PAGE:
Although street food is rare in the UK, in Pakistan it is another matter entirely. Pakistan’s street food is a major part of its culture and there is barely a street corner in any of the major cities that won’t be taken up by some sort of street food stall.
From Lassi to Tikka kebabs, there is street food in Pakistan to cater to those with a sweet tooth and savoury lovers alike. No matter what type of food you are looking for, there are street food renditions of popular homely dishes for you to have a hearty lunch and easy-to-eat snacks for a quick bite to eat on the move.
Cooking on the street is no easy feat, and there are examples of clever ingenuity when it comes to cooking methods and facilities that take up little space and can be transported around the city easily. We take a look at some of the most common ways that street food is cooked across Pakistan:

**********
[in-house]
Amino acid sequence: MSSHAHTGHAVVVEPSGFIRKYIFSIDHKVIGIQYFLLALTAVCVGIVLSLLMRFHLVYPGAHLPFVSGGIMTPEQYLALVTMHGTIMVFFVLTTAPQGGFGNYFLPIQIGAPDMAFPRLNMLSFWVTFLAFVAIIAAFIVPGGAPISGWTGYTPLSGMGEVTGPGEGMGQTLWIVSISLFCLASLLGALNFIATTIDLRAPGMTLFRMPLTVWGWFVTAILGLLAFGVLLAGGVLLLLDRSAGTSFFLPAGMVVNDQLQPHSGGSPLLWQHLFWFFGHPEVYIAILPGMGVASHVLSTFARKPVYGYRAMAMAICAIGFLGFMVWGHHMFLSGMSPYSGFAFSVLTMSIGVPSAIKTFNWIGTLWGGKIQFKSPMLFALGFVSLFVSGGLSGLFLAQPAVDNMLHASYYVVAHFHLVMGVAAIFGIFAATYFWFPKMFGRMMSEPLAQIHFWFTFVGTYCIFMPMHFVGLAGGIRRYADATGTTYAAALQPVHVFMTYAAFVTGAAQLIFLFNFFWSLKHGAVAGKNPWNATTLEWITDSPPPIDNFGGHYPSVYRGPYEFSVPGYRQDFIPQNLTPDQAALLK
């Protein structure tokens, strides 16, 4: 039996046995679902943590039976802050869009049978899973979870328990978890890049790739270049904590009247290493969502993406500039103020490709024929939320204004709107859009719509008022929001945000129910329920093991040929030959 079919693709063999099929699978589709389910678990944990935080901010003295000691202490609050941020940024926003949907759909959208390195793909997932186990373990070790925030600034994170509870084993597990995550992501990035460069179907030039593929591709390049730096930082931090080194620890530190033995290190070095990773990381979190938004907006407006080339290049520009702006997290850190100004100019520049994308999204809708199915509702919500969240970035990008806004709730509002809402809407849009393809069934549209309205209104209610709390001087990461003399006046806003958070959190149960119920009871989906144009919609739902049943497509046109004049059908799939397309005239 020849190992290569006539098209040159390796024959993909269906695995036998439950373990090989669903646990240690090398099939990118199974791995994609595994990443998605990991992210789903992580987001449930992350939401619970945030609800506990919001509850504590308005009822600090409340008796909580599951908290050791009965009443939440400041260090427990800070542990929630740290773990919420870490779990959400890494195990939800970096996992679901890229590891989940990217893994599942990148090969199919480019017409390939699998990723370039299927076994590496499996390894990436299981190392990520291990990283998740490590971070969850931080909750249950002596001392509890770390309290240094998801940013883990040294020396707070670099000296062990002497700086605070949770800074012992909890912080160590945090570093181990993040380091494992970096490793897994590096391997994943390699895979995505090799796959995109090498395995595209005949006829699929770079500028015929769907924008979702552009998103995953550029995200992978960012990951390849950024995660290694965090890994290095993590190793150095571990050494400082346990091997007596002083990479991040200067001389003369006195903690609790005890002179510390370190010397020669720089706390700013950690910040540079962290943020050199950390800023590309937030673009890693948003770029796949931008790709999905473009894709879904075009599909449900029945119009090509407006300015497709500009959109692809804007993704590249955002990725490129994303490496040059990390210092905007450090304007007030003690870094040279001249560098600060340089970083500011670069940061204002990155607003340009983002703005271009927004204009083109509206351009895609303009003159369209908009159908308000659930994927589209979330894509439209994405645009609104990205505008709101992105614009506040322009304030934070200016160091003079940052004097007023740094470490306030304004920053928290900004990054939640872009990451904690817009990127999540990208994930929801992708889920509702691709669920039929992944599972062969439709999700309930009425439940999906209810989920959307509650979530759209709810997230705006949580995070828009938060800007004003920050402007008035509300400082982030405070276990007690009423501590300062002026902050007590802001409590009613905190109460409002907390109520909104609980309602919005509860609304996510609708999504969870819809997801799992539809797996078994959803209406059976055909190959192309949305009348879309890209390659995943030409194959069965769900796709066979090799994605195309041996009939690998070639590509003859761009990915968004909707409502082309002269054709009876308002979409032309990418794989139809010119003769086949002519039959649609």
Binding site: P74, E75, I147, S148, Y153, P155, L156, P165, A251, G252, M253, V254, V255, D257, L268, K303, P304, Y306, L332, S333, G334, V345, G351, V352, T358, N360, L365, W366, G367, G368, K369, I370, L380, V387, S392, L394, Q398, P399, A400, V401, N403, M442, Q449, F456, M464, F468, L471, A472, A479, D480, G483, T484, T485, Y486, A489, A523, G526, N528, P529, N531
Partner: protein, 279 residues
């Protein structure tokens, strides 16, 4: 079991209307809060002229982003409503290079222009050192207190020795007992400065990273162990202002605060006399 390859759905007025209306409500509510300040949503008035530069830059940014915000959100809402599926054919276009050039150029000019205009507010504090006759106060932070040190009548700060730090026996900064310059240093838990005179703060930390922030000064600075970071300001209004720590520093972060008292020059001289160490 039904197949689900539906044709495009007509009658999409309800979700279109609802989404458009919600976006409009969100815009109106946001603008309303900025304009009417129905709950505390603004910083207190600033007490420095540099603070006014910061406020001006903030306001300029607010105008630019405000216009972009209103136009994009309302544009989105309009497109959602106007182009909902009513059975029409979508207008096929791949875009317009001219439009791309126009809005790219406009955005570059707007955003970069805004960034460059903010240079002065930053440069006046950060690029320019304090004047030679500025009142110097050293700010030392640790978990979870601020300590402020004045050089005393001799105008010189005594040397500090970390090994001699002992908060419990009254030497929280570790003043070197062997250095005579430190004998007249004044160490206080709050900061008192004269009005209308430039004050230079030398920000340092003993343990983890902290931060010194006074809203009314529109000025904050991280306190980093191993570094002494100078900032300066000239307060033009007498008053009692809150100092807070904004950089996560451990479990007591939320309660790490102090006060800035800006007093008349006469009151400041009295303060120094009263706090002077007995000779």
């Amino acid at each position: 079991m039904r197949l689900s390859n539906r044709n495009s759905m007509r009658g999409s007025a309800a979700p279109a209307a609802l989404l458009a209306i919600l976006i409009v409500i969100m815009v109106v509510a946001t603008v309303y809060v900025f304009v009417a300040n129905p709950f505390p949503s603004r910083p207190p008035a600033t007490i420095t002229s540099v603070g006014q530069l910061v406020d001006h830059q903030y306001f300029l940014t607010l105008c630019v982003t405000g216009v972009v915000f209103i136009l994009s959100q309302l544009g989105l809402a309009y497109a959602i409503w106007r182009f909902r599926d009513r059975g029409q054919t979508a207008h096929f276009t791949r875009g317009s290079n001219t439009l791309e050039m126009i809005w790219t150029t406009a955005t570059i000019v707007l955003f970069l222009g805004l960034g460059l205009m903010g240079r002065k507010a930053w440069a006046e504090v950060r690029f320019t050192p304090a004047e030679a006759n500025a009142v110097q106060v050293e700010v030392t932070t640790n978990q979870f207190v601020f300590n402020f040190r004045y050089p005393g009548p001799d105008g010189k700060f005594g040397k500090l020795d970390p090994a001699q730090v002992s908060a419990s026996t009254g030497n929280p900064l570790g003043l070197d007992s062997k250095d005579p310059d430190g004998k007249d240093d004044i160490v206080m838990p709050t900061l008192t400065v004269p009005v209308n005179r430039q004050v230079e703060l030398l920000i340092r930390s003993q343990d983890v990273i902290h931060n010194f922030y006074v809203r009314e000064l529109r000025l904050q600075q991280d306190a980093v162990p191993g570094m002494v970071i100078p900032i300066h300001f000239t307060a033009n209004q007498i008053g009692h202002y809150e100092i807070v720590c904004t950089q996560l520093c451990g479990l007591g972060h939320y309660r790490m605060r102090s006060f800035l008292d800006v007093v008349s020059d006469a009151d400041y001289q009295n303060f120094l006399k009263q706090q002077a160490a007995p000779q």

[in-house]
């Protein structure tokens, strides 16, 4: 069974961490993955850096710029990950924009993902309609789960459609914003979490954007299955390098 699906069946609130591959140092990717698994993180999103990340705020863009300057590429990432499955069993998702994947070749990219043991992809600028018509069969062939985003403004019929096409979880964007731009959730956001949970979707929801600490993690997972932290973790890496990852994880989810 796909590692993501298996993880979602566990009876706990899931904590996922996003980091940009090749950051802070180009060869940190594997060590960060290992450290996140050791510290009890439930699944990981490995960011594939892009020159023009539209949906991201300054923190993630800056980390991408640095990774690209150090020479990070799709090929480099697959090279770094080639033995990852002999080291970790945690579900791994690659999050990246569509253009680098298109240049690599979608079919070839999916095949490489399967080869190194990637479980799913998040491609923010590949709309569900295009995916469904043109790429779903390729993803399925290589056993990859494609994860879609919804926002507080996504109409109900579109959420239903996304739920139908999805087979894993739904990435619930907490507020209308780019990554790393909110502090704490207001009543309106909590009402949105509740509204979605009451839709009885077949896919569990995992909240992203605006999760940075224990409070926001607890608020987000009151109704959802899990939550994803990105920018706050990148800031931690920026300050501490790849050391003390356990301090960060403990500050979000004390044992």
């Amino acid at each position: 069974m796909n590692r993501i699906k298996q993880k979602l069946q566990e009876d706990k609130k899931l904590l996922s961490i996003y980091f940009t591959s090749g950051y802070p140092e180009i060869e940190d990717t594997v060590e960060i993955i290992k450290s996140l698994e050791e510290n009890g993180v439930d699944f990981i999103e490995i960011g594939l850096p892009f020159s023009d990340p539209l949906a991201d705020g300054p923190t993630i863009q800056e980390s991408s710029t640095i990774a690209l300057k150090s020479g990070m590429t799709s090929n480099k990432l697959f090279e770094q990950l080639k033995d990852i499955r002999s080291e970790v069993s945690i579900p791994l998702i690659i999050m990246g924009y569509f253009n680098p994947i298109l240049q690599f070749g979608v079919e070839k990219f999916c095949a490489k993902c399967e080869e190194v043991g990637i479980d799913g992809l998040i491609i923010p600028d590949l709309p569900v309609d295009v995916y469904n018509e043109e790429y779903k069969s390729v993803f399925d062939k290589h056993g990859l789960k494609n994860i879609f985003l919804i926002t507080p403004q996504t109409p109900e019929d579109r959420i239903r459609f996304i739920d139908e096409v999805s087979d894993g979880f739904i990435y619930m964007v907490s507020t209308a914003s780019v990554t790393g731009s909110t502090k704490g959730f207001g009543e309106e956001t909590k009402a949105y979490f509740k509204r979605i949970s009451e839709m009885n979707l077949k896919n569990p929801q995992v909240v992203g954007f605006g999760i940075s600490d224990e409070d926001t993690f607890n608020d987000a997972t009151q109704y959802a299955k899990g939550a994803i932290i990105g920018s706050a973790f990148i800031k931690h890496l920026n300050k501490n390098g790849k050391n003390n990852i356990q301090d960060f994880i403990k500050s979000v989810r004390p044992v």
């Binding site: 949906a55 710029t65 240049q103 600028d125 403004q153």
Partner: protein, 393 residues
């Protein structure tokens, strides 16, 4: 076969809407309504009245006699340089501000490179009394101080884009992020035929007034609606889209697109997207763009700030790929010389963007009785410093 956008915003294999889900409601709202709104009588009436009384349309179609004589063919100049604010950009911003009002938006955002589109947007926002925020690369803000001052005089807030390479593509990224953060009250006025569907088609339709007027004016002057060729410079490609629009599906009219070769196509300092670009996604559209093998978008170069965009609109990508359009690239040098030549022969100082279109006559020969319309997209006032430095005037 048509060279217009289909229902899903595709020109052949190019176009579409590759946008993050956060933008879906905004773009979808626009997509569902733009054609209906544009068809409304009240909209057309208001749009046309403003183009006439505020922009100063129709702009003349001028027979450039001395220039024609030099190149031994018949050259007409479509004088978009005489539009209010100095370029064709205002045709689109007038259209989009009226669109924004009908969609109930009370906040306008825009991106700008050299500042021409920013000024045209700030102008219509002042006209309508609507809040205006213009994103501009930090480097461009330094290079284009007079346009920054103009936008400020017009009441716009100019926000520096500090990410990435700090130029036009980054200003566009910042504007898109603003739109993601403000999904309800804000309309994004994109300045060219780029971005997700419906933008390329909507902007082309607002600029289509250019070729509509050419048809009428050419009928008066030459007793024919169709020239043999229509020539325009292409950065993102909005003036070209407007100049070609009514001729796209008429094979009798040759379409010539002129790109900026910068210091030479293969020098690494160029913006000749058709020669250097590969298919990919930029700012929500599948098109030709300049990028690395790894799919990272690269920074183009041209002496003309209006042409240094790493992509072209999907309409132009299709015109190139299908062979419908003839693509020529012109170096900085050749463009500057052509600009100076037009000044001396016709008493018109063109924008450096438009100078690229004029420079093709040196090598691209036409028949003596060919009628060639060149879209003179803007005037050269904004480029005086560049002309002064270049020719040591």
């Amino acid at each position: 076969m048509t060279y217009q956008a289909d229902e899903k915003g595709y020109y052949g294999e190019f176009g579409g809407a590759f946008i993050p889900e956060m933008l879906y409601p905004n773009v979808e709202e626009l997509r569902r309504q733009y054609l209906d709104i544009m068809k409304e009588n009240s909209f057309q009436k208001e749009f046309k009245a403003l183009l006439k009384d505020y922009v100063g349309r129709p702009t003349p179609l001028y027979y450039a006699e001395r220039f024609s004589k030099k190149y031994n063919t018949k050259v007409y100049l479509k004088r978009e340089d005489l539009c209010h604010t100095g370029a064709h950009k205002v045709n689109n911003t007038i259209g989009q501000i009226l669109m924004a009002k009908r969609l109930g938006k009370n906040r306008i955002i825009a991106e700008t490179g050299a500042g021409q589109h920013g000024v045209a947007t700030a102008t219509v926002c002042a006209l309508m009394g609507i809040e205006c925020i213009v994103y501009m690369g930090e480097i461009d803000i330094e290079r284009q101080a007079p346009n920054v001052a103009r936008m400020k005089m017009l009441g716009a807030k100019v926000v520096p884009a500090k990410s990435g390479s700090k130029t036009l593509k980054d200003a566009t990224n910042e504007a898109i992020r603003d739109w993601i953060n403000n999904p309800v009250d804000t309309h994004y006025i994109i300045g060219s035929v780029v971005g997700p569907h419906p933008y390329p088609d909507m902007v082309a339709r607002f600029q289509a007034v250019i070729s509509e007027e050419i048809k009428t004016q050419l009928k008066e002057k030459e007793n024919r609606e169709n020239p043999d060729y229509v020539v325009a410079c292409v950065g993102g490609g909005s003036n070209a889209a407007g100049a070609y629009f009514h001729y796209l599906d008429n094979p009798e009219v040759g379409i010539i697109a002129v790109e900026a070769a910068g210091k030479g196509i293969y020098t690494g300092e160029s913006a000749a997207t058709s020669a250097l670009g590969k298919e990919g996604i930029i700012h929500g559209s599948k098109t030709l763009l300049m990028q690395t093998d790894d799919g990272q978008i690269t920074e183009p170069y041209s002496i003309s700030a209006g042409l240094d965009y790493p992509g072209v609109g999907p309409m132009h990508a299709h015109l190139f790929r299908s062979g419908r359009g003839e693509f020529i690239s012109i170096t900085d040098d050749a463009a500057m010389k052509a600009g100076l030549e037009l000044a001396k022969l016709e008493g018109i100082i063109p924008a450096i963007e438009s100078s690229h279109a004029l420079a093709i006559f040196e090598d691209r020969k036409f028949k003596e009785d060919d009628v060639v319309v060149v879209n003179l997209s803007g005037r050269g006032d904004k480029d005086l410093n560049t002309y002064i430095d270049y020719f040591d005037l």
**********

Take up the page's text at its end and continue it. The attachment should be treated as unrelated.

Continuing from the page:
Karahi is the name of a popular dish, but the name itself is taken from the black, iron, scoop-shaped pan that it is cooked in. The deep pot is used over an open flame to make curries and can even be used as its own serving bowl in a more personal setting. Street food vendors use these a lot for their durability and their good heat distribution. You will see vendors use massive pairs of pliers to grip the pan as well as a metal spatula to stir the contents.
Makai is a delicious snack of corn which is cooked in the most unusual way you will see from any Pakistan street food vendor. The dry corn is mixed in salt and sand which is heated. The vendor heats the sand from underneath with either a gas or charcoal heat source and stirs until the corn is cooked. Don’t worry about getting sand in your teeth, the corn is sifted out of the sand mixture once it is cooked before receiving a dash of lemon juice and a sprinkle of chaat masala (a mixture of tangy spices.)
To taste some traditional Pakistani and Indian dishes, visit Royal Nawaab’s halal restaurant in Manchester today.